Reimagining net metering: A polycentric model for equitable solar adoption in the United States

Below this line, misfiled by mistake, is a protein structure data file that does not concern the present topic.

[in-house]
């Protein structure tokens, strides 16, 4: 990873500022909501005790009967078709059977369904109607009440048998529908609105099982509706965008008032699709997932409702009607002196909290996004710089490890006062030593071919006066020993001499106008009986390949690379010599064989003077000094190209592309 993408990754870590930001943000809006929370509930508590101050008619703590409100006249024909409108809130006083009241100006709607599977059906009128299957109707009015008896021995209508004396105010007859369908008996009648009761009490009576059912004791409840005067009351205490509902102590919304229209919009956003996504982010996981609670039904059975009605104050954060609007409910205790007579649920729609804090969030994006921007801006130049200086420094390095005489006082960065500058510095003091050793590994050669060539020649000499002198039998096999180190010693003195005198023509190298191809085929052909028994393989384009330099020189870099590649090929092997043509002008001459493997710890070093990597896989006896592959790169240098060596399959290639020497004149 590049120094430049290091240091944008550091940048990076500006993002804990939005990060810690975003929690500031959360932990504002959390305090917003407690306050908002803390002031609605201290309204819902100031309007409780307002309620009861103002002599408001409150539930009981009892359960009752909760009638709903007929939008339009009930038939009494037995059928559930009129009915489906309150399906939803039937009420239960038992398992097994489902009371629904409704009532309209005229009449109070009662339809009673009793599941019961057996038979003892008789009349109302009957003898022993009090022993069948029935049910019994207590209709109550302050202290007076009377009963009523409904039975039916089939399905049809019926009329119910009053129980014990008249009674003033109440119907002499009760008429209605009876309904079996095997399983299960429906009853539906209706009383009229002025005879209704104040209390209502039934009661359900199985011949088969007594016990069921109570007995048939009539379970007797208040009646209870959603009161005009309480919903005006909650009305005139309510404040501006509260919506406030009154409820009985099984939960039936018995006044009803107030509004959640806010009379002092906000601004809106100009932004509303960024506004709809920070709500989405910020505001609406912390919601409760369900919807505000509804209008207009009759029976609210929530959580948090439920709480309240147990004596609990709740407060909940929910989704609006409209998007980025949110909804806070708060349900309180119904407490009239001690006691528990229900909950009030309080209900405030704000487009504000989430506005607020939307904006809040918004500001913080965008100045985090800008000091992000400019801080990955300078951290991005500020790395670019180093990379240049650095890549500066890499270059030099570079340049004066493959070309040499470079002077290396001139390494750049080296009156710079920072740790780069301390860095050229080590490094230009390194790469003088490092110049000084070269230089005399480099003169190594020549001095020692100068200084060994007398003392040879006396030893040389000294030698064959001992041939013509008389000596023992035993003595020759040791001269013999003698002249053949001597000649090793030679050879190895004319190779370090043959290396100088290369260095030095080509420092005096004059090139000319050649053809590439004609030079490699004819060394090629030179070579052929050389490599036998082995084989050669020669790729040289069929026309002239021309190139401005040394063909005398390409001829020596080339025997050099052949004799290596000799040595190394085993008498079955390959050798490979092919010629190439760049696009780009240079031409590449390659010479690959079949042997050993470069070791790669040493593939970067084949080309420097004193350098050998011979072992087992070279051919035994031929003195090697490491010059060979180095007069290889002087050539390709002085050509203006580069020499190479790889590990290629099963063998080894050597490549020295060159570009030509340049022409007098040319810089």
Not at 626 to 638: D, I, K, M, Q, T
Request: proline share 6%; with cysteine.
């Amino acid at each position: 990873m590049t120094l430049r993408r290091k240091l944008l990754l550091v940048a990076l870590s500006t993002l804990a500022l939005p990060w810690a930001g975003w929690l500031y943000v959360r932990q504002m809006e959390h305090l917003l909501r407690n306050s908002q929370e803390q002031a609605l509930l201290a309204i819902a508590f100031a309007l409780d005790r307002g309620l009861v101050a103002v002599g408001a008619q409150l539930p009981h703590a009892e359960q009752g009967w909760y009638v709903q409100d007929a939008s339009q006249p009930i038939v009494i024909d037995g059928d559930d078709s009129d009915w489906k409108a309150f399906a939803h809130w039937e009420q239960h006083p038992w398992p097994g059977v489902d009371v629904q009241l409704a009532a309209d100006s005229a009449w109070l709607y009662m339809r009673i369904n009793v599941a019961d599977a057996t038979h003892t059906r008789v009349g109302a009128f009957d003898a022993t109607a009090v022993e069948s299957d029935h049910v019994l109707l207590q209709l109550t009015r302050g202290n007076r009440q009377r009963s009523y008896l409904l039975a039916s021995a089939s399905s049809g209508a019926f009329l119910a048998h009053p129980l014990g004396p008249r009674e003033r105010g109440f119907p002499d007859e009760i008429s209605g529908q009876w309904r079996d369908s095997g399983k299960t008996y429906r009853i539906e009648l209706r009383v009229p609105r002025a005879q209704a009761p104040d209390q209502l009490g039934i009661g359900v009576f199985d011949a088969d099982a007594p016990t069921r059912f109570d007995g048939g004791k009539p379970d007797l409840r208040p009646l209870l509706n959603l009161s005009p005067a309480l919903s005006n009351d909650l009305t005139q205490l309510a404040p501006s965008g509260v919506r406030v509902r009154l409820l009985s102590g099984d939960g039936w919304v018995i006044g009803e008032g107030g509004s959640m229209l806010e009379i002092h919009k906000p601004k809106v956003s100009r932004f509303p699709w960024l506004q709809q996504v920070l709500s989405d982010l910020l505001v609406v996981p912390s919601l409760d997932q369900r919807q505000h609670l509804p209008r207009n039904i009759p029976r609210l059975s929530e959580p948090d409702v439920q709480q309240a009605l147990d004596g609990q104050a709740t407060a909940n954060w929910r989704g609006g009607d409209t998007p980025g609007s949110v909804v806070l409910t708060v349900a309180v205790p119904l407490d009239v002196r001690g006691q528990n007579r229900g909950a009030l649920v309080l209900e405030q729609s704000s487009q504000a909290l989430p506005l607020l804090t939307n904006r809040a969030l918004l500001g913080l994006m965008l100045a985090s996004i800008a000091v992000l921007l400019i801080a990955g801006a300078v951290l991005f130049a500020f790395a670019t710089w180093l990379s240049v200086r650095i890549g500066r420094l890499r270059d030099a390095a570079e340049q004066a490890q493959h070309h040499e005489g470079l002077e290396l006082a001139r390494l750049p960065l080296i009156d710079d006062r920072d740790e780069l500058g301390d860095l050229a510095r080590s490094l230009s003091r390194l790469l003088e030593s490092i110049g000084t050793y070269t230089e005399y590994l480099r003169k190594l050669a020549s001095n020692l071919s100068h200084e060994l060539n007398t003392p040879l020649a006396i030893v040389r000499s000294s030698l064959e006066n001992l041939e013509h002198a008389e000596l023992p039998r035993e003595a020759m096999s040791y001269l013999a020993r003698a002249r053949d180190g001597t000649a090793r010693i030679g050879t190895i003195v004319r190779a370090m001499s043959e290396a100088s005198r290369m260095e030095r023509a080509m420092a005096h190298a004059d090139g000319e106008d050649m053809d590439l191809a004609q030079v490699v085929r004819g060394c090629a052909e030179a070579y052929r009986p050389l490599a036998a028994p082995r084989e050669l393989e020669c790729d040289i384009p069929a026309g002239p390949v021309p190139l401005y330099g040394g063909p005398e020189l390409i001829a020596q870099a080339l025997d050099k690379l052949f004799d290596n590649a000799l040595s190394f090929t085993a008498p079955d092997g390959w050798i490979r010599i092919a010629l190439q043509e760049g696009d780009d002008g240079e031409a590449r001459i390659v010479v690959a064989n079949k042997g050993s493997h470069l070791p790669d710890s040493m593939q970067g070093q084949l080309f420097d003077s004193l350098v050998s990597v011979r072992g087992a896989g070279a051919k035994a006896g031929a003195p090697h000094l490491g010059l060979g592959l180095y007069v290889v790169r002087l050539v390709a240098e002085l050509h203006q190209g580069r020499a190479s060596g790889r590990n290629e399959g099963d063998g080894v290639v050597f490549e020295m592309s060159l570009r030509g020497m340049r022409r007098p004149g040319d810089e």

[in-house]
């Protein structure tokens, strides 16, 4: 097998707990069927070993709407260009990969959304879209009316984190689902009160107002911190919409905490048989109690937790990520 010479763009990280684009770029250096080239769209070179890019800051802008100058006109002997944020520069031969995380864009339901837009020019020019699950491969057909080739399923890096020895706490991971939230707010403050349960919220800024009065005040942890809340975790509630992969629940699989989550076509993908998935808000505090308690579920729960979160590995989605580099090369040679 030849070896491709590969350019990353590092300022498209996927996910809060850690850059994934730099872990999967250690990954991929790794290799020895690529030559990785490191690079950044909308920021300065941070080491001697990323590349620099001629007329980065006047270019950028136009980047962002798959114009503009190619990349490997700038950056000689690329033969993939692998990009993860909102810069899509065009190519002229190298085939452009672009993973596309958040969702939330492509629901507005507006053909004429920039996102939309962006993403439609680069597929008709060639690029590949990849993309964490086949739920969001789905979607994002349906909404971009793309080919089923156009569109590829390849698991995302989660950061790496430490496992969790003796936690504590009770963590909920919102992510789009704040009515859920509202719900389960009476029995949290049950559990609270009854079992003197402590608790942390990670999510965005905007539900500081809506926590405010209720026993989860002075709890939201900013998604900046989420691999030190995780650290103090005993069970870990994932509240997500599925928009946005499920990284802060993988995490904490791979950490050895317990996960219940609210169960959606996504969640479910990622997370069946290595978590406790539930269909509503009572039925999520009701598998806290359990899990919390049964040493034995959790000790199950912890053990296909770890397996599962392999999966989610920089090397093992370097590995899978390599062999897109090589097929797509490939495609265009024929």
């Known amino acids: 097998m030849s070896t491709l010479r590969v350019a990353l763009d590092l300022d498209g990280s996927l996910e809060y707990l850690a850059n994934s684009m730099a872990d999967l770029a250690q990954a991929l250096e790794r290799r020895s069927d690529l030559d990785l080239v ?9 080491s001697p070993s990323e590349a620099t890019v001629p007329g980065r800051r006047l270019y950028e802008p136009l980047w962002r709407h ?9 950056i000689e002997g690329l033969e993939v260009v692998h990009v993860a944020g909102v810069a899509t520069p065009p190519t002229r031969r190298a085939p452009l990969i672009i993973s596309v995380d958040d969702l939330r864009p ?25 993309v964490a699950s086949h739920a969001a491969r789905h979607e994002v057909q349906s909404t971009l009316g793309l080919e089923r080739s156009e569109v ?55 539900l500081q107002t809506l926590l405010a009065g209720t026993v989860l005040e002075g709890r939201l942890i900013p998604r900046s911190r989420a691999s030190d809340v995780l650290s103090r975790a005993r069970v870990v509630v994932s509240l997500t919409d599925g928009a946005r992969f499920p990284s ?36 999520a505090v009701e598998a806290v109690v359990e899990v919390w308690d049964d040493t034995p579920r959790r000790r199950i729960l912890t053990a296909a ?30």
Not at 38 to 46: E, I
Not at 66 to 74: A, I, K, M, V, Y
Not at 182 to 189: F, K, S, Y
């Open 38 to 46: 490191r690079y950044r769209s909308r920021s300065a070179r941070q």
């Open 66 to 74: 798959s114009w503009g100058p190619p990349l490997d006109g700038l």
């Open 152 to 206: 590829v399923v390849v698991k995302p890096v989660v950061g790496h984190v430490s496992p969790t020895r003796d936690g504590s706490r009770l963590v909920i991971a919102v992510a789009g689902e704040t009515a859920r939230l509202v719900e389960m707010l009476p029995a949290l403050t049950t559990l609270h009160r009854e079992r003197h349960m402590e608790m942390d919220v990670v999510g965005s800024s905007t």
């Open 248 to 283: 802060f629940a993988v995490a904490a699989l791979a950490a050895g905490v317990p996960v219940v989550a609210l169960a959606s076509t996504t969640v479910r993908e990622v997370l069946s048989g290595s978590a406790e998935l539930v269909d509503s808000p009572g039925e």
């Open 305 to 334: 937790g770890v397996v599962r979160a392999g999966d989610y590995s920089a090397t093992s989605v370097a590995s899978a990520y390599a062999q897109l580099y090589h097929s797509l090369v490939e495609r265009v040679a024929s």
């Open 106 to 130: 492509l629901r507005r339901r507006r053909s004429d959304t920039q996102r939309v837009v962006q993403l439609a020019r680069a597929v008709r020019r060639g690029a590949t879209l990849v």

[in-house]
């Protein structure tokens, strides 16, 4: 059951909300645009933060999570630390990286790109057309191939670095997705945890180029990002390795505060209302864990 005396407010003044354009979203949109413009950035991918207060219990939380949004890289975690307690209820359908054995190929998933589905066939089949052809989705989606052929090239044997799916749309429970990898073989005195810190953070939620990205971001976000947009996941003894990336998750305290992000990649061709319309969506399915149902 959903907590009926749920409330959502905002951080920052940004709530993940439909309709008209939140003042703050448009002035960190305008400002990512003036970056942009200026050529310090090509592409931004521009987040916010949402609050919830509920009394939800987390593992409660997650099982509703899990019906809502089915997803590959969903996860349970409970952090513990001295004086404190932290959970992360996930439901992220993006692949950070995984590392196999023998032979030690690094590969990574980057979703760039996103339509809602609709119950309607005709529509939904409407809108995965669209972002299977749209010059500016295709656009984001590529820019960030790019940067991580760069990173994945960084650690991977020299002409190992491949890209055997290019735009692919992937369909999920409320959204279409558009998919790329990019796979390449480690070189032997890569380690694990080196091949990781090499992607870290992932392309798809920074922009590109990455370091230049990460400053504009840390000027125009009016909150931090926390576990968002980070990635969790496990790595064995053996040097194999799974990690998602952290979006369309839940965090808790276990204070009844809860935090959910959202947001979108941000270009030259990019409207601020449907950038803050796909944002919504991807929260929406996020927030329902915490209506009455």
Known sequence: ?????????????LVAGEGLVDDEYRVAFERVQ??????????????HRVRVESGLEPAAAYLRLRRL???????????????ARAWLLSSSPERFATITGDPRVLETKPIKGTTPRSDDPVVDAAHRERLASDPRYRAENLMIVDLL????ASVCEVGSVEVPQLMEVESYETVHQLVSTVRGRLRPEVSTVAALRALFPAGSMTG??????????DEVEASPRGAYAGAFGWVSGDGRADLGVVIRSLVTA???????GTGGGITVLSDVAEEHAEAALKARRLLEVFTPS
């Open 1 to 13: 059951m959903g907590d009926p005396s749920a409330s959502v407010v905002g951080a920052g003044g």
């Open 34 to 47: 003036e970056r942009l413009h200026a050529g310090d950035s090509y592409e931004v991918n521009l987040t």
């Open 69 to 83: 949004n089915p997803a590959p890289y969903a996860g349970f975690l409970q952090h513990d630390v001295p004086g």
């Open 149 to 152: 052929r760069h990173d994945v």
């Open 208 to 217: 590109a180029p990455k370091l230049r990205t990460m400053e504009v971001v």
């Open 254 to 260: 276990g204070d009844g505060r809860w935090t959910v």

Disparities in renewable energy deployment disproportionately afflict marginalized communities and slow the clean energy transition necessary to combat climate change. Most solutions focus on top-down government initiatives to subsidize renewable energy. However, this approach has had mixed efficacy, raises questions about the durability of support, and lacks political feasibility in certain contexts. We propose a new energy development model that leverages the logic of polycentric governance, which refers to having multiple centers of decision-making as opposed to one. Our model rethinks the practice of net metering, where households and organizations can sell excess power back to the grid. Rather than pocketing the proceeds, our model taps into individual altruism by allowing households and organizations to donate some of this money to build renewable energy for underserved communities. This could accelerate clean energy development by providing resources and fostering collaboration between communities and power companies. Our framework represents a novel decentralized approach to a “just energy transition” that complements government-led initiatives. This paper describes the program, discusses design issues, and presents proof-of-concept survey research from the United States.